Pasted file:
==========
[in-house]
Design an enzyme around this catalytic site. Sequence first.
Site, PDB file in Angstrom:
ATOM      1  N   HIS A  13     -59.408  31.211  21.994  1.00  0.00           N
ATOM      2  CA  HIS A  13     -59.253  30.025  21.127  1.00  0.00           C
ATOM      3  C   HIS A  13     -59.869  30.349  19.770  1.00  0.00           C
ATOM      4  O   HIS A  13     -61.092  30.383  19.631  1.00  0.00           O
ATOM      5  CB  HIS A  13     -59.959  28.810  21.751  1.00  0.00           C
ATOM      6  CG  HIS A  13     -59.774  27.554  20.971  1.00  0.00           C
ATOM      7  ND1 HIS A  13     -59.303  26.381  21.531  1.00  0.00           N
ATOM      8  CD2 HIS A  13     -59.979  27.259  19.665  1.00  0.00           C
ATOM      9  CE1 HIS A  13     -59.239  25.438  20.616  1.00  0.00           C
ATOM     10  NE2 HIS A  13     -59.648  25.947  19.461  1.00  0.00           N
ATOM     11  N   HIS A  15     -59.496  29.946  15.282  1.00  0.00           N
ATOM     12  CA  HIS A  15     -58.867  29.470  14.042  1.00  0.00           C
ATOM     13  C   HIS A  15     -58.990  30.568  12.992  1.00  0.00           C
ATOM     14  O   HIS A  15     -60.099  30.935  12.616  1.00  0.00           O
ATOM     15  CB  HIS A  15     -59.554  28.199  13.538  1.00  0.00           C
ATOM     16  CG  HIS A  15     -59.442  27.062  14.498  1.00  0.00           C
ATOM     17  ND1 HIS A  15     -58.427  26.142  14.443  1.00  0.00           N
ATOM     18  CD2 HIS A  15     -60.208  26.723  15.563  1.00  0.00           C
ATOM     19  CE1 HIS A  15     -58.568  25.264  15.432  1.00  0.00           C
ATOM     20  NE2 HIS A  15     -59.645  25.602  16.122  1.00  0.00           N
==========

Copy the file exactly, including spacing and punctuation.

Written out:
[in-house]
Design an enzyme around this catalytic site. Sequence first.
Site, PDB file in Angstrom:
ATOM      1  N   HIS A  13     -59.408  31.211  21.994  1.00  0.00           N
ATOM      2  CA  HIS A  13     -59.253  30.025  21.127  1.00  0.00           C
ATOM      3  C   HIS A  13     -59.869  30.349  19.770  1.00  0.00           C
ATOM      4  O   HIS A  13     -61.092  30.383  19.631  1.00  0.00           O
ATOM      5  CB  HIS A  13     -59.959  28.810  21.751  1.00  0.00           C
ATOM      6  CG  HIS A  13     -59.774  27.554  20.971  1.00  0.00           C
ATOM      7  ND1 HIS A  13     -59.303  26.381  21.531  1.00  0.00           N
ATOM      8  CD2 HIS A  13     -59.979  27.259  19.665  1.00  0.00           C
ATOM      9  CE1 HIS A  13     -59.239  25.438  20.616  1.00  0.00           C
ATOM     10  NE2 HIS A  13     -59.648  25.947  19.461  1.00  0.00           N
ATOM     11  N   HIS A  15     -59.496  29.946  15.282  1.00  0.00           N
ATOM     12  CA  HIS A  15     -58.867  29.470  14.042  1.00  0.00           C
ATOM     13  C   HIS A  15     -58.990  30.568  12.992  1.00  0.00           C
ATOM     14  O   HIS A  15     -60.099  30.935  12.616  1.00  0.00           O
ATOM     15  CB  HIS A  15     -59.554  28.199  13.538  1.00  0.00           C
ATOM     16  CG  HIS A  15     -59.442  27.062  14.498  1.00  0.00           C
ATOM     17  ND1 HIS A  15     -58.427  26.142  14.443  1.00  0.00           N
ATOM     18  CD2 HIS A  15     -60.208  26.723  15.563  1.00  0.00           C
ATOM     19  CE1 HIS A  15     -58.568  25.264  15.432  1.00  0.00           C
ATOM     20  NE2 HIS A  15     -59.645  25.602  16.122  1.00  0.00           N